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THE PERRYSBURG, P.. JOURNAL, FRIDAY, MAY 31, 1912.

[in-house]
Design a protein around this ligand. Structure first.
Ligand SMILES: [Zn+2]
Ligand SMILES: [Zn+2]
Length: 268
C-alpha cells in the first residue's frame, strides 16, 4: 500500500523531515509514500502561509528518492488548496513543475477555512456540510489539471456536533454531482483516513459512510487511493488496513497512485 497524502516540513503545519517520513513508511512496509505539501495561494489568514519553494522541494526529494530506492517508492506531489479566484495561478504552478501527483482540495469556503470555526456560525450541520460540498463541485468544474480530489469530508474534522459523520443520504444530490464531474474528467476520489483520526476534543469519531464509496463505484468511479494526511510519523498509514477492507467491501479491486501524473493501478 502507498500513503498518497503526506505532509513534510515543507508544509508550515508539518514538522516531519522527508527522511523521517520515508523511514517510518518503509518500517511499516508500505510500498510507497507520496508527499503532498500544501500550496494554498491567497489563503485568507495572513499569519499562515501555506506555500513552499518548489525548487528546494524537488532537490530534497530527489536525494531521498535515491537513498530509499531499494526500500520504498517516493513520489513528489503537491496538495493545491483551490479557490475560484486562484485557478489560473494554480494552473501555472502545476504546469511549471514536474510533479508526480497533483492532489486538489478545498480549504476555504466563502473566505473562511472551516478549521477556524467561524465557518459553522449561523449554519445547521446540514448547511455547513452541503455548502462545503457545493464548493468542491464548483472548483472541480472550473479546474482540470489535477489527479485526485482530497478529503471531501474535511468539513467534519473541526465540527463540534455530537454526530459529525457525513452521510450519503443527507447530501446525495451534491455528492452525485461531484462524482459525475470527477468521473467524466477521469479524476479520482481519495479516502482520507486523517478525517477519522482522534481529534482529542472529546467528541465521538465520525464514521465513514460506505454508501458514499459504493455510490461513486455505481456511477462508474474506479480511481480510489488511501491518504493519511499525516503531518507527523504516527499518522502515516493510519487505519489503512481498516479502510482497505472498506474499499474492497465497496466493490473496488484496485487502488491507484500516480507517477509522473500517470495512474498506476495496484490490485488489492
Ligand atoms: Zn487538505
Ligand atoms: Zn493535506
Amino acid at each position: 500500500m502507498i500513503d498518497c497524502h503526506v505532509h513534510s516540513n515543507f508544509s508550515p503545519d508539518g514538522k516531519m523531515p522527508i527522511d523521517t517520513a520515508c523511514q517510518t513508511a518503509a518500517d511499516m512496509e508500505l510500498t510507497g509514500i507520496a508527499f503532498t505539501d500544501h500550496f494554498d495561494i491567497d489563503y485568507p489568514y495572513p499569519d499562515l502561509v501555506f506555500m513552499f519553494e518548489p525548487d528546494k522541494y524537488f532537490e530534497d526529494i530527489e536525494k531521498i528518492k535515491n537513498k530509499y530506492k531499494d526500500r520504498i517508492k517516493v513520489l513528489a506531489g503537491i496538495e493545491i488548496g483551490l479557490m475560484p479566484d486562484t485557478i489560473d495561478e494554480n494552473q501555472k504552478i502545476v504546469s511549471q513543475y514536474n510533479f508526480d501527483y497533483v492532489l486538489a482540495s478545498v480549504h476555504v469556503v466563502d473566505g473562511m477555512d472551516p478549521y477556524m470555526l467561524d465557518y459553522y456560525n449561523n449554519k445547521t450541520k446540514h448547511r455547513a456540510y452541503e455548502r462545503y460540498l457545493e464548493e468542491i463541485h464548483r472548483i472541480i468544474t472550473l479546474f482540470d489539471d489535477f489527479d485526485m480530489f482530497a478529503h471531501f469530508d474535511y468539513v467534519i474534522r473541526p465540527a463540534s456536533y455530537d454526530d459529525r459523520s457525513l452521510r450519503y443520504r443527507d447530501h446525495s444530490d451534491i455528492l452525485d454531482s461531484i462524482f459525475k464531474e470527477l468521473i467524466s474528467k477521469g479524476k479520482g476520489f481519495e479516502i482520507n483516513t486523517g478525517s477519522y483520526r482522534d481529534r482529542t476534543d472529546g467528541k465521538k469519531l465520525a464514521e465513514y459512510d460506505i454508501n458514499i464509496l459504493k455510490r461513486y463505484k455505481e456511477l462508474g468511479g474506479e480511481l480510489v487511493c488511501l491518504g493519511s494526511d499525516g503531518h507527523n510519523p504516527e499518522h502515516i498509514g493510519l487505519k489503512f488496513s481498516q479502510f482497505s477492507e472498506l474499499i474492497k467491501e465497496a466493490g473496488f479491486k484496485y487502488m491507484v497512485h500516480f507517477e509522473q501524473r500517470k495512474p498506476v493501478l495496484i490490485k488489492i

ARRAIGNS J. BRUCE THE WHITE REPORT OF SPECIAL SUB-COM- MITTEE ON TITANIC DISAS. TER IS NOW READY. TO BE GIVEN TO SENATE SOON Denounces Many Members of "Pick Up" Crew of Titanic and Makes Sweeping Charges Against the Management. Washington, D. C A scathing ar raignment of J. Bruco Ismay and the White Star lino officials In New York, a stern denunciation of many members of the "pick up" crow of the Titanic and sweeping charges of In competency In tlio managemont of the lino will bo made In the report of the special sub-committee appointed to Investigate Into tho Titanic disaster by tho United States, which will bo given to tho scnato in a short time. Tho report will bo submitted by Chair man William Alden Smith of Michi gan, who has labored incessantly since tho afternoon he was despatched to Now York to meot tho Carpathia and begin gathering facts first-hand. From tho instant of his arrival at tho dock up to tho completion of tho report and tho speech he is to mako on It, Senator Smith has worked un intermlttingly and effectively. The roport spares neither J. Bruce Ismay nor his subordinates in New York, whoso juggling with tho truth after receiving from Montreal Infor mation that tho Titanic had sunk is savagely criticised. Emphasis Is laid on the cruelty of sending out sucli a dispatch as that received by Represen tative Hughes of West Virginia, whose daughter was on tho Titanic with her husband, and who was told In a tele gram signed "White Star Line" that the Titanic was being towed Into Mon treal. Direct responsibility for the acci dent is laid on Captain Smith and It is pointed out that had he heeded the warnings of ice sent him by tho Amor ika and other vessels tho lives of the 1.G31 victims would have been saved. Pointing out that the speed of the Titanic, just before sho struck the iceberg, was 2V miles an hour and that It had been steadily increased after receiving ice warning by tele graph, tho report asserts that the pres ence on board of Ismay, the managing director of the line, and Andrews, tho constructor for Harlan & Wolfe, the constructors, were undoubtedly an In centive to making this great speed. It is stated that President Ismay, who got away safely, was advised immedi ately of the danger, while many of the passengers were not tho impact, al though equal In momentum to the Im pact of tho combined broadsides of 20 great battleships being scarcely felt on the vessel, such was her giant size and tremendous stability. The report recites that the "pick up" crew witu wnicn tne wnue star line manned the vessel were unac quainted with each other and their duties. Thero was the utmost confu sion when the vessel struck. Much space Is devoted to a brief and effective recital of tho incidents on the vessel after tho iceberg had slid along her sldo leaving a great gaping hole in tho starboard bilge, through which water was pouring at such a rate that she sank 70 feet with in a few hours. It Is noted that the weather was clear and perfect, the sea being calm, with no swell conditions that would have been ideal for the saving of all hands on board had there been but ad equate life saving apparatus and ade quate sailors to man them. Dut, al though thero was room in the life boats for 1,076 persons, the report says but 704 persons were put into them, owing to the disorganized and disorderly condition of the crew. Twelve persons were afterward taken out of the water. Spepial stress is laid on the utter failure of tho Junior officers, who wero among the first to leave the ship to mako any effort whatever to rescue many of thoso In the water, for whom room might easily have been found in tho lifeboats. Tho report riddles the assertion of many of tho members of the crew that the sudden drop in tho temperaturo which was noted and testified to by almost every witness placed under ex amination was no warning to the ap proach of ice. Officer Lightoller sneered whon asked if tho sudden cold was not an indication, but he refused to say what such indications consisted of. Concerning the lifeboats, it is re ported that none of them had com passes, only three had lights, that all wero Insufficiently manned, and nono of them by sailors. Tho indifference of such officers and warrant officers ns did get Into tho boats to tho cries of distress is caustically commented on. In the general criticism of tho con VICTORY FOR JUDGE LINDSEY Citizens Reform Ticket Sweeps Den- ver, Electing Every Candidate by Overwhelming Pluralities. Denver, Col. Practically completo returns from tho municipal elec tion show that tho citizens reform ticket, headed by Henry J. Arnold for mayor and Judgo lien Lindsey for ju venile Judgo, has swot tho city, elect ing every candidate by overwhelming ipluralltles. ISMAY AND STAR LI OFFICIALS duct of tho crew and tho Insufficiency of tho life saving nppnratus, comment is made on tho statoment of tho look outs that had they boon provided with marine glasses they could havo sight ed tho iceberg much earlier; In time, in fact, to havo avoided tho frightful collision. When tho collision came, tho effort to avoid it by the officers, working for many minutes only dn tho telephoned warning that came from tho crow's nest, served only to exposo tho weakest part of the vessel to tho collision. Tho bilges, which wero pierced by the berg, wero tho least braced of any part of the struc ture, while at tho point in the bows of tho ship, which wore struck, tho watei tight compartments were tho largest, thus admitting Into a few com partments water enough to sink the vessel, which, ns tho report points out, had been described as "practically unsaleable and tho last word In ma rino construction." Going into the matter of tests of tho vessel, matters which wero rigorously required in battleships, the report em phasizes their utter lack. No suffi cient tests wore made of tho boilers, which were fired almost as soon as the vessel left the constructor's yards at Belfast and kept in operation al most continuously to the time of tho initial voyage. No proper tests were made of the gearing of the watertight doors, appar ently, before tho voyage. It was point ed out by one expert witness that no tests whatever of these doors were mado on the voyage at any time. There wero no tests of tho life sav ing apparatus after the voyage began and not a single life drill during Its progress. Tho crew was never sent to its station despite tho testimony of one witness who said that he had seen one drill tako place. This tes timony has been previously disputed by that of half a dozen of the officers whose business it was to conduct such tests. The lack of any helpful discipline, is also brought out and severely com mented on. Tho crew did not go to their stations when the alarm was sounded. Every officer at a lifeboat had to pick up what men ho could find and many of them had extreme diffi culty in getting any help whatever. In the matter of "lacks," which the report dealb with, particular attention is mado of lack of tests of the bulk heads which alone stood between the passengers and their doom after tho vessel was rent by the collision. The report gives tho number of pas sengers on board at 1,324; members of tho crew, 890. There is praise for Phillips and Bride, the wireless operators, one of whom, Phillips, was rescued from the water only to freeze to death while huddled in tho bottom of the over turned collapsible boat and go to his death in the icy water from which ho had been taken but a few hours be fore. The necessity of wireless apparatus in life saving is dwelt upon and spe cial attention is paid to the import ance cl placing two men on every ves sel, however small, in order that con stant watch may be kept on each other by the sisters of the sea on their voyages through dan&orous northern waters. The report goes severely after Cap tain Lord of tho British steamship Callfornlan, whose vessel saw tho rockets of the Titanic and who failed to go to her relief, although he was but a few miles away, a distance ho might readily have covered with his vessel in time to save practically all of the Titanlc's passengers. Tho failure of the captain of the Callfornlan to arouse his wireless op erator tho minute he saw tho rockets, or the rockets wero reported to him, tho report characterizes as Inexcus able. The English law is quoted and it is urged that it be invoked against Lord. Thero is nothing but praise on the other hand for heroic Rostron of the Carpathia, who entirely by nccldent learned of tho disaster, and, putting everything aside, equipped his ship for an omergency race against death that is quite without precedent in the an nals of navigation. Gotting down to tho question of tho British board of trade, the roport is outspoken in Its condemnation of anti quated shipping laws and played out administrative boards. It announces that the punishment of those respon sible must bo left to tho British board, whoso members spent but a littlo while less than four hours inspecting the vessel which was to carry thou sands of human being across tho wa ters. Tho nations are asked to act together in shipping reforms, which need is eloquently urged. In conclusion, better pay Is urged for sailors. Americans aro urged to go Into tho merchant marino and an ear nest plea is made that greater dignity bo given to the work of heroic tollers of tho sea, The pluralities of Arnold and Lindsoy will bo at least 20,000, and their majorities over tho com bined votes of tho Republican nnd Democratic candidates will bo from 7,000 to 10,000. Tho citlzenB also swept every ward and, elected every alderman. Judgo Lindsoy of late has added to his policy of kindness toward hapless children brought bofore Lis court, o policy of "wanting to know why" they had got into the ways that led to their arrest, This policy led him right Jnto tho lair ot "the beast." DR. WILEY AND HIS PURE FOOD EXPONENT s'.."' -.V"Vf M"f " DR. HARVEY W. WILEY is hero sopii holding his eight-hour-old son, Har vey W. Wiley, Jr., who then weighed all of 9 pounds. The first thing young Harvey did was to stick out his "pure food." Tho proud doctor says he the presidency. SCHWAB IN HERO ROLE RESCUES MAN FROM DROWNING IN A DEEP POOL. Jumps Into Water and After a Strug gle Manages to Get Pennsylva nlan to the Bank. South Bethlehem, Pa. Charles M. Schwab became a candidate for a Carnegie hero medal when he res cued J. C. Kirchon from drowning in a deep pool of Martins Creek. Mr. Schwab and Mr. Kirchon, who is general manager of the Tonopah mine extension, were trout fishing. In making a cast Mr. Klrchon's fly caught in the branches of a tree. It was a favorite fly and he shinned up the tree to rescue It, but as ho climbed out on a branch he lost his balance and fell into the deep pool. Mr. Schwab was some distance down the stream. He heard the cries of his companion and rushed to the pool where he saw the hands of Mr. Kirchon just disappearing beneath the water. Without waiting to take off any of his clothes, even retaining his heavy fishing boots, Mr. Schwab jumped in to tho pool and after a struggle man aged to get Mr. Kirchon to the bank. Both men were exhausted and Mr. Kirchon had lost consciousness. Mr. Kirchon told the story of how he had been rescued upon the return of tho two men here. Mr. Schwab refused to discuss it, declaring that Kirchon was making 'a mountain out of a molehill. HUFFMAN IS FOUHO GUILTY Buckeye State Senator Is Convicted of Accepting 5200 From a Pri vate Detective. Columbus, O. With a mighty ef fort at stoicism, Senator Isaac E. Huffman of Oxford, Butler county, listened to the reading of a ver dict in the common pleas court that pronounced him guilty of accepting a bribe, a verdict that stripped him of his official honors and civil rights. Twlco ho had fought the caso through tho court. In March, when tried first, tho Jury was unable to agree. Huffman was found guilty of having gone to room 317, The Chittenden, April 29, 1911, and accepted $200 paid him by Frank Smiley, a Burns de tective, for reporting out of commltteo tho Cetone-Whlttemoro insuranco measure. Tho conviction was ob tained on tho record mado by the dic tograph concealed in Smlley's room, tho conversation It caught and trans mitted being taken by a court ste nographer In tho next room. In tho trial of tho caso tho testimony of tho state was that Huffman was accom panied at that time by Senator George K, Cetono of Dayton, who is under indictment. Bar Women From Pulpit. Louisville, Ky. Women will not bo allowed as ministers to fill tho pulpits of tho Presbytorian church in the United States of Amer ica. Tho commissioners of tho gen eral assembly so decided by a vote at tho Warron Memorial Presbyterian church; in fact, they put themselves on record as being opposed oven to tho consideration of women as candi dates for tho ministry. The commis sioners heard in rapid succession one overture utter nuother, but nil of them wero voted dovj fists, open his eyes and yell for -- is going to train young Harvey for SUFFRAGE MEET SHOUT ACCUSATIONS AT ONE AN OTHER AFTER THEY ASSEM BLE IN CHICAGO HOTEL. POLICE STOP PROCEEDINGS Turbulent Meeting Followed Adoption of Paragraph In By-Laws Which Did Not Suit One Faction In Female Party. Chicago, 111. A riot wild filled with hysterical women, laughing weeping and yelling, shouting accusa tions at one another and declaring "You're hypocrites!" "You're thieves!" "You're robbers!" resulted In the po lice being called to the LaSalle hotel, where the Woman's party was having Its annual meeting. Never In the his tory of American suffrage has there been such a demonstration. The turbulent meeting followed many months of bitter antagonism In the Woman's party. Mrs. Charlotte Rhodus and her followers declared that Mrs. Myra Strawn Hartshorn, chairman of tho organization, was ar bitrarily ruling the organization and, tired of her bosslsm, they went to Springfield a week ago and incorpo rated a "Woman's Party of Cook County" with the avowed purpose of ousting Mrs. Hartshorn from the or ganization. Mrs. Hartshorn immedi ately got together three of seven members of a committee appointed by the original Woman's party to re vise tho by-laws. The other members of tho committee were not authorita tively notified of the meeting, conse quently were not present. Those pres ent were strong supporters of Mrs. Hartshorn. Ono paragraph in tho by-laws made by this committee of three provided that any woman belonging to another body or corporation for suffrage pur poses could be expelled and her name dropped from the rolls of the Wo man's party. When these by-laws were presented "at tho meeting for adoption, the fight began. Mrs. Rhodus declared tho by laws Illegal, inasmuch as three mem bers of tho commltteo that prepared them did not constltuto a quorum. Attorney Mary Miller, Mrs. Harts horn's staunchest follower, then shout ed, for she couldn't bo heard unless she did, "I am going to read thoso by laws and wo aro going to vote upon them." Mrs. Hartshorn upheld her and tho reading began. Following the read ing, which could not bo heard three feet uway, the chairman called for a standing vote. As announced by her, the vote stood: Yes, 27; no, 23. Then tho fur flow. Wall Paper Men 8et Free. Cloveland, O. Eight wall paper manufacturers and jobbers, on trial in federal court for tho last two weeks, charged by tho government with restraint of trade in" violation of the Sherman anti-trust law, wore de clared not guilty, after tho jury had wrestled with their case a little over three hours. Despite the acquittal and that a criminal conviction under tho Sher man law has never been obtained, at torneys for tho defense claimed thvt their victory strengthens the act. WIN N R 01 AT I WOMAN AT NIGHT THUGS, CLAIMING OFFICIAL PRO- TECTION, SHOWER BLOWS AI1D KICKS ON FEMALE'SBODY. ASSAULT IS MOST BRUTAL Victim, Who Claims Defamatory Gos sip Was Cause of Outrage, Says She Recognized Three Men Who Attacked Her. Ocean City, Md. Never has Wor cester county been more stirred than it Is now over tho action of a gang of thugs, who, claiming of ficial protection, dragged Mary Holz man, an unprotected woman, from her homo In Ocean City, showered blows and kicks upon her face and limbs and concluded their brutal perform ance by dipping her into a vat ot tar in tho presence of her 11-year-old son, who struggled to provent the outrage. Terrorized by her experience, tho wo man has quit tho town. Ono of tho most startling features of tho incident is the fact that tho town lights wero out whon tho assault was committed. Mrs. Holzmnn says tho switch was turned through tho connivance of town officials. However this may be, the men guilty of the outrage boasted while they were subjecting her to tho Indignities that their act had the sanc tion of the town council. Sheriff Harrison, acting under in structions from States Attorney John son, visited Mary Holzman and It was arranged that she should be taken to Snow Hill, the county seat of Wor cester. She demanded an Inquiry and the incidents leading up to the assault, claiming she has been the victim of defamatory gossip as well as of an assault so brutal that it seems almost Incredible to believe that any group of human beings could have been guilty of It. "It was 10 o'clock-at night," she said, "when I was awakened by tho smashing of glass In the room where I slept. I was frightened, of course. Hardly had I time to put on a few clothes when the door was broken in. Tho crowd numbered about ten men. Three I recognized. Tho others I did not know. When I screamed they struck me and sometimes kicked me. Every tooth I have is loose and tho condition of my face you can see for yoursolf. My back and limbs are black and blue from the blows and kicks they gave me. "Some of them grabbed mo around tho neck nnd others by the arms. They also caught my feet and, hold ing mo in this way, they started from the house. My son screamed when I was first struck. They boxed his face and threatened him. One man waved a big pocket knife, the kind sailors carry. He threatened to run it through mo if I did not keep quiet. Another had an oar. He said he would knock out my brains. They rushed with me from the house to a barrel of tar Into which I was thrown. They forced me down into it until my whole body was covered. Some of It still clings to mo." "The lights wero out," she went on, "and they continued out for half an hour. When tho men finished their work the whole town was lighted as usual. After I had been In the tar barrel for perhaps ten minutes they dragged me out, threw me on a dry ing board close by and walked slowly away, evidently satisfied that nothing would bo dope about it. "I was too frightened to do any thing, but the cries of my son attract ed tho attention of Elmer Jones, son of Captain Jones of the Isle of Wright life saving station. He told me to come to his father's house. A gallon of coal oil must have been used in getting the tar off and still some of it sticks." BISHOPS ARE CONSECRATED Imposing and Solemn Service Methodist Church Conference In Minneapolis. at Minneapolis, Minn. In the pres ence of a great audience, hundreds having been turned away, tho newly elected Methodist bishops were conso created to their high offices In an im posing and solemn service. Each of tho new bishops was con secrated by two bishops and each In turn was presented for consecration by two ministers of their respective conferences. Tho following blBhops wero consecrated: Bishop Homer Clydo Stuntz, Bishop Theodore Somervllle Henderson, Bish op William Orrvillo Shepard, Bishop 'Napthall Luccock, Bishop Francis John McConnoll, Bishop Frederick De- land Leete, Bishop Itlchard Joseph Cooke, Bishop Wilbur Patton Thlr kleld, Missionary Bishop John Wesley Robinson nnd Missionary Bishop Will iam Perry Evcland. Slays Man and Wife. San Diego, Cal. C. H. Tolliver of San Frdncisco, dirigible air ship lnveutor and bulldor, and his wlfo wero murdered here about 11 o'clock at night by Bert H. Lewis,, former secretary to Tollver. Lewis was arrested at nnldnlght and con fessed to tho crime. The bodies of tho TollvorB were found In their little bungalow at Twenty-eighth nnd B streets, about half a mile inside tho city limitB, by H. A. McFadden, a neighbor, who was attracted to tho place by shoto. BEA UP AND TAR AS IT IS SEEN IN OHIO Newark. Frankty Martin, aged thirty years, nwnllowcd two ounces of carbolic acid and died 80 minutes lator. Ironton. Judge Thomas Chorrlng ton, for 20 ycarB judgo of the circuit court of this district, died at his homo hero from pneumonia. Dayton. Fred C. Faloon of- Clovo land was Instantly killed when a wagon loaded with three tons of ico ran over his head. Dayton. Wilbur Wright, ncroplano Inventor, is suffering with typhoid fever at his homo here. Attending physicians state that his Illness has not assumed an ncuto form. Portsmouth, An "unloaded" gun In tho hands of William Mlnnery, four teen, put a bullet under tho heart of Josso Redden, seventeen, "bore. Bed don may recover. Flndlay. Hanging from a rafter In a shed'at his home, tho body of Ed Malers, forty-five, was found at Mc Comb. Ill health is tho only explana tion his widow can give of the sul cldo. Flndlay. Edward Malers, aged forty-five years, committed suicide at Mc Comb, by hanging himself to the rat ters of an old shed. His body was not found for threo days. Ill health is said to havo been tho cause ot the act. He was married. Dayton. It was learned here that Fred Ware, a mechanic of this city, was a passenger on the ill-fated Ti tanic, nnd perlBhcd in the dlsastci that befell tho ship. On account of III health, he had been In London since last September and was return ing to Dayton. Cincinnati. The dead bodies ol . two children, Robert and Urban Nich ols, respectively six and four years old, were found in a feed box In a stable near their home. It waa be lieved the children had been kid naped and a country-wido search wae made for them. Zanesvllle. Paul Williamson, aged eight years, was run down by a motor cyclist on the Y bridge. The boy's nose was broken and it is feared he has concussion of the brain, as he has been unconscious for hours. He may die. The motorcyclist novel stopped and bis name is unknown. Youngstown. John Betonovltch jumped 40 feet into the Mahoning river from the South avenue bridge to end his life, but the chilling wnter changed his mind. He called for help and was rescued. Betonovltch said he was despondent following the death of his parents nnd the theft ol all his savings. Flndlay. John Parker, seventy years old, a leading citizen and for several years county treas urer, was found dead. His throat had been cut. Blood stalni on tho roof oi the porch led to the belief that Par ker had slashed his throat while on the roof and then leaped off. No cauBe for his act Is known. Wapakonettn. The Celina .lodge of Odd Fellows will dedicate its new I. O. O. F. temple, recently completed, on Monday, May 29. The dedi cation services will be in charge ol A. C. Bachtel of Akron, grand master of the Odd Fellows of Ohio, and Past Grand Master John L. Sullivan o! East Liverpool. Dayton. Father and son, each charged with highway robbery, met for tho first time in six years, when Joseph Carney, jr., aged sixty-six years, and Joseph Carney, jr., aged twenty-six years, faced each other In tho corridor of the prison. Each smiled faintly as thoy clasped hands, but to the jailer and spectators the scene was pathetic. . Marysvllle. State Auditor Ed ward M. Fulllngton and H. H. Shirer, secretary of the state board of charities, two of tho members of a committee that eelcctcd tho site at Marysvllle for tho now woman's re formatory, were hero and took up the matter, conferring with members of tho city council In regard to estab lishing a sanitary rowerage system in Marysvllle. MaryBville. John Moore ot thlB city suffered a peculiar accident which may result in Ills death. Mooro who has been in failing health at tempted to ariso from his chair and twisted his leg in such a mannor as to break tho limb between tho knee and thigh. Investigation by a physi cian developed that Mooro'B log had become bonoycombed and tho limb could not be reset. Bellofontalne. Mrs. A. E. Block was at a telephone In Bellcconter con versing with a friend whon lightning struck tho line and shocked and burned Mrs. Block, possibly fatally, while the woman nt tho othor end es caped Injury. Wollston. Tho Knickerbocker Trust company of Now York, acting for bondholders of tho Superior Coal company, tho largest minora and shippers of coul in southern Ohio, will foreclose on a mortgage because ot unpaid Interest of ?Q93,0CO. V jc ttii '